2015 marked the 20th anniversary of the UN’s Beijing Declaration and Platform for Action which focused on women’s empowerment, and 15 years since the UN Security Council passed Resolution 1325 on women peace and security. In 2015, after a long journey, 193 countries agreed to a set of UN Sustainable Development Goals (SDGs), replacing the UN Millennium Development Goals. The role and significance of women features strongly in these fresh SDGs. Continentally we are at the midpoint of the African Women’s Decade and just over a decade has passed since the AU adopted a Solemn Declaration on Gender Equality in Africa, which for the first time placed ownership of gender mainstreaming at the highest level, calling for the implementation of gender parity in the AU and at national level, the ratification of the Protocol to the African Charter on Human and Peoples’ Rights on the Rights of Women in Africa, and the protection of women against violence and discrimination.
Over the last few decades it has become apparent that supporting women’s capacities to actually participate in peace processes is a crucial part of their advancement and ability to contribute to peace, development and security. The efforts of civil society and policymakers are visible and every year sees another incremental step forward. ACCORD is honoured to be contributing to these efforts through dialogue forums, training women as mediators, generating knowledge for practice, and supporting efforts to use mainstreaming as a tool to bring gender into the equation within peacekeeping and peace and security frameworks in Africa.
The Gender Dimension in ACCORD’s work
Over the past twenty eight years since its founding, ACCORD has gained experience and expertise across the conflict management spectrum, including a dedicated focus on gender and its nexus with peace and conflict. ACCORD’s cumulative experience has contributed towards building the capacity of African women leaders through training, facilitation and research. ACCORD has partnered with a number of national, regional, continental and international gender networks and organisations working in the field of women, peace and security. These include the United Nations Entity for Gender Equality and Women’s Empowerment (UN Women), African Union (AU), the Southern African Development Community (SADC) and civil society organisations such as Femmes Afrique Solidarite (FAS).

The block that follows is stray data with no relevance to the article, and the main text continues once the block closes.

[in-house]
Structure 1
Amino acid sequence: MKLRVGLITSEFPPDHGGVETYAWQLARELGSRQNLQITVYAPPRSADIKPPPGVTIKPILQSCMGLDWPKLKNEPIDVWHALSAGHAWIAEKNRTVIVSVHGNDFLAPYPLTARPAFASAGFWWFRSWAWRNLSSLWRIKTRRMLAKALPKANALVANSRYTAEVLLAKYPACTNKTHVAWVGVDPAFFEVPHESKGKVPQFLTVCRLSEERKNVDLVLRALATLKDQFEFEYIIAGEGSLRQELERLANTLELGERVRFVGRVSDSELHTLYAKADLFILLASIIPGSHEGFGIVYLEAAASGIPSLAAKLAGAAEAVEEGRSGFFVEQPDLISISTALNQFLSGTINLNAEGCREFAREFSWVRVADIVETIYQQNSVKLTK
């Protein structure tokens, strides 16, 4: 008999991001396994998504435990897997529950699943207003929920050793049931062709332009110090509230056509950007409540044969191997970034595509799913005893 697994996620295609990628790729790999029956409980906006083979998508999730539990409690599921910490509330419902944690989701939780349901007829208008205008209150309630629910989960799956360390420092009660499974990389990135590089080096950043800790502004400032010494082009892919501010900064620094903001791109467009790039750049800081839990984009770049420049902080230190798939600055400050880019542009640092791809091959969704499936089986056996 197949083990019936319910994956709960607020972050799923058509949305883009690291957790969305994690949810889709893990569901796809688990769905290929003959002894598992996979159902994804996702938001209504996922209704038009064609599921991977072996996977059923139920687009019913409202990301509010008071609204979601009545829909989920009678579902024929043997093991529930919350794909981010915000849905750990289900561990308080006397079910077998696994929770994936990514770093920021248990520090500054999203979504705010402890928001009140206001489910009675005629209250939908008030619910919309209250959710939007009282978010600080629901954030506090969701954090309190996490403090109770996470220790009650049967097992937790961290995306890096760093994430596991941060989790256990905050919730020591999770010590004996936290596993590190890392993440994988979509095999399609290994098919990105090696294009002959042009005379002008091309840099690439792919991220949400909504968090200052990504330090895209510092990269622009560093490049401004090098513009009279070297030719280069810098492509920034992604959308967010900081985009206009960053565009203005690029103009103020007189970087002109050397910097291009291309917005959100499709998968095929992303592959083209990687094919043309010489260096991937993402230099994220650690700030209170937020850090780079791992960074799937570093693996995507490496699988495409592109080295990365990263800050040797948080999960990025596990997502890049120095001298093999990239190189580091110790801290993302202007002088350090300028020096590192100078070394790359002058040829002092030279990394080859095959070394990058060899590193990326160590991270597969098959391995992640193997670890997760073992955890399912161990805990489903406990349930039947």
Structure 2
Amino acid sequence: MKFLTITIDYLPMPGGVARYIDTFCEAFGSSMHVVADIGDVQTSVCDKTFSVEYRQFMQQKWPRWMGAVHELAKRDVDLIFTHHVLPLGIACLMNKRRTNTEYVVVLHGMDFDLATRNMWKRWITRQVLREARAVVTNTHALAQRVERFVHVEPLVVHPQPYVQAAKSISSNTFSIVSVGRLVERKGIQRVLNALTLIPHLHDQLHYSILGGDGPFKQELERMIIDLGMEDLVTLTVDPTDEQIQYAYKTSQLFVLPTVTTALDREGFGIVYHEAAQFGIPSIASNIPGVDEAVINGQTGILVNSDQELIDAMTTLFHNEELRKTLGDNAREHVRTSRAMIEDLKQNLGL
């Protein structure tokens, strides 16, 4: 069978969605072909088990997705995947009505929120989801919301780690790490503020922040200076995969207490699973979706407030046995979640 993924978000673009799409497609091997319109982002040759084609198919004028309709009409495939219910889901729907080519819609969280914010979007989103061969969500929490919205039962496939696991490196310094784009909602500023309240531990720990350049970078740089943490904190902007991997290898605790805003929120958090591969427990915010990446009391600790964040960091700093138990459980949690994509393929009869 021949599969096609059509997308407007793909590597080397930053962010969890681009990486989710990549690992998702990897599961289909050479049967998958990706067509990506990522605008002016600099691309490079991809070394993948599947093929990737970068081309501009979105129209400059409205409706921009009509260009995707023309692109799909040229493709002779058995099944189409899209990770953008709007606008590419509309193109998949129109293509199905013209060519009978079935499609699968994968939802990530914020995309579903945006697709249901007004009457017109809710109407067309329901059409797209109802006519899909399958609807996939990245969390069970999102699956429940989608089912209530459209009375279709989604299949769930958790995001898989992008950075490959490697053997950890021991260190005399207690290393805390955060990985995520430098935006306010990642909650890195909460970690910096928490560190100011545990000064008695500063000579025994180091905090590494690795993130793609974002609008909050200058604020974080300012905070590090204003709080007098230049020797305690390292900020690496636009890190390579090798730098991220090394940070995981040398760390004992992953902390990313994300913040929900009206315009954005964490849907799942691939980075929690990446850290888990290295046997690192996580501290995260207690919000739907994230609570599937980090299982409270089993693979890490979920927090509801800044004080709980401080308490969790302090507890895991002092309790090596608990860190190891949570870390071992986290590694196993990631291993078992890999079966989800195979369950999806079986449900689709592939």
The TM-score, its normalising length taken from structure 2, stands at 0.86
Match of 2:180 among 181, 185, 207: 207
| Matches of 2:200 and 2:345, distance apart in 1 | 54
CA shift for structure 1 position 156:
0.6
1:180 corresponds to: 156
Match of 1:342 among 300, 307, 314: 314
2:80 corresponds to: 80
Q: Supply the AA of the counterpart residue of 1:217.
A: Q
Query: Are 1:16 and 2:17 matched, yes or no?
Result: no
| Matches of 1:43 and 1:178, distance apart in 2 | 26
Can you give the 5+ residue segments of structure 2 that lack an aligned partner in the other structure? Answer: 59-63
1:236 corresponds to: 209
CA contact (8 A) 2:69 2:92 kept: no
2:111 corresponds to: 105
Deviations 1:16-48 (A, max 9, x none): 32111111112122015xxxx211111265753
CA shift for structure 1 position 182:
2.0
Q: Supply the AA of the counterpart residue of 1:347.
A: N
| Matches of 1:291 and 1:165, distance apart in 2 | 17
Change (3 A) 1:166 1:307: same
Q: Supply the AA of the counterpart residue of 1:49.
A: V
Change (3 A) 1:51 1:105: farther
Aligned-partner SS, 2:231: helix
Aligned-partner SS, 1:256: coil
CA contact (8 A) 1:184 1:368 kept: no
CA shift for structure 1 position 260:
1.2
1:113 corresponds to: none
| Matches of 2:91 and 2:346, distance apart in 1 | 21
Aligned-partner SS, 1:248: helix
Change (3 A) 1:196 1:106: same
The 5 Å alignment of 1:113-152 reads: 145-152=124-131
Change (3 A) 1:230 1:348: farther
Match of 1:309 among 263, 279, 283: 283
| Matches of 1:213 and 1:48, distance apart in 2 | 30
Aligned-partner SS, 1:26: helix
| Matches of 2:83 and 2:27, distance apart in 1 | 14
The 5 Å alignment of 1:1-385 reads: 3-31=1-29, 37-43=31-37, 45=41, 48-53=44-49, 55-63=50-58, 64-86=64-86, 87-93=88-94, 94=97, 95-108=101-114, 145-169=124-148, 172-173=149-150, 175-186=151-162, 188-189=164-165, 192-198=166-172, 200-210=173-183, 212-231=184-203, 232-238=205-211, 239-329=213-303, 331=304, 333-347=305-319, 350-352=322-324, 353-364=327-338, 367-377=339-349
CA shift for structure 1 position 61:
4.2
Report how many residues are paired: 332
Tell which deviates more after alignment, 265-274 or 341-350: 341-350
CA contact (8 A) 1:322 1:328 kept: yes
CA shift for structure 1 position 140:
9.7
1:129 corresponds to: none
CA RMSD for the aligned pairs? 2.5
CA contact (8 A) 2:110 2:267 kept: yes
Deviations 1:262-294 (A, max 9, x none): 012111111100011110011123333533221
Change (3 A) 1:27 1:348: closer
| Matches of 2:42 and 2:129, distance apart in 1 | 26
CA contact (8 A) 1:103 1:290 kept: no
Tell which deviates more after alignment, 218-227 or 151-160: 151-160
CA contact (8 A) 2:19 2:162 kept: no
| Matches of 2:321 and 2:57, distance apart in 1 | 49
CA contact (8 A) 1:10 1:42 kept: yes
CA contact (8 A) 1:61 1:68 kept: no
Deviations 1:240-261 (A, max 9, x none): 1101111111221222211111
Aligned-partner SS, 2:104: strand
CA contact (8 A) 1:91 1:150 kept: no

ACCORD is involved in on-going efforts to highlight the role of gender in peace and security. For example, ACCORD’s Peacemaking Unit, in collaboration with UNICEF, supports women peacemakers from South Sudan in their various roles and stages of the peace process. The Department explores various calls for mainstreaming gender, and solutions directed at increasing the number of women in leadership positions. Reflective assessments of initiatives on gender have included a High Level Seminar to commemorate the 10th Anniversary of the UNSCR 1325 in 2010, leading to the Durban Statement on UNSCR 1325. ACCORD is involved with gender mainstreaming on the continent and in recognition of its work received the Tombouctou Award in 2006 for work in gender mainstreaming in Africa.
Cumulatively, ACCORD in its twenty eight years of existence, has become a strong advocate of the gender dimension in peace and security programmes. Gender is a cross-cutting theme and variable across all of ACCORD’s six pillars.
Current experiences with gender in ACCORD’s programming include:
- The Operations Department at ACCORD (comprising Peacebuilding, Peacemaking and Peacebuilding) engages participants using a strategic “gender lens” not only ensuring that women are involved at all levels, but also guaranteeing that programme interventions considers the differential impact on men and women;
- ACCORD consistently advocates the operationalisation of specific gender instruments including the United Nations Security Council Resolution 1325 (2000), the AU Women’s Committee on Peace and Development’s Durban Declaration on Gender Mainstreaming and the Effective Participation of Women in the African Union (2002) and the SADC Protocol on Gender and Development (2008), among others;
- Mrs Graça Machel (Chair of ACCORD’s Board of Trustees), is a strong advocate for the prominence of gender equality on the agenda of ACCORD’s programming. As a result, all interventions at ACCORD are subjected to scrutiny from a gendered perspective by a Gender Cluster within ACCORD, which comprises representative of all units and departments;
- ACCORD is consistently engaging in academic and policy research focusing on gender specifically or integrating gender in its analyses.
Various publications relating to gender mainstreaming, women, peace and conflict issues have been produced by ACCORD and are available on request.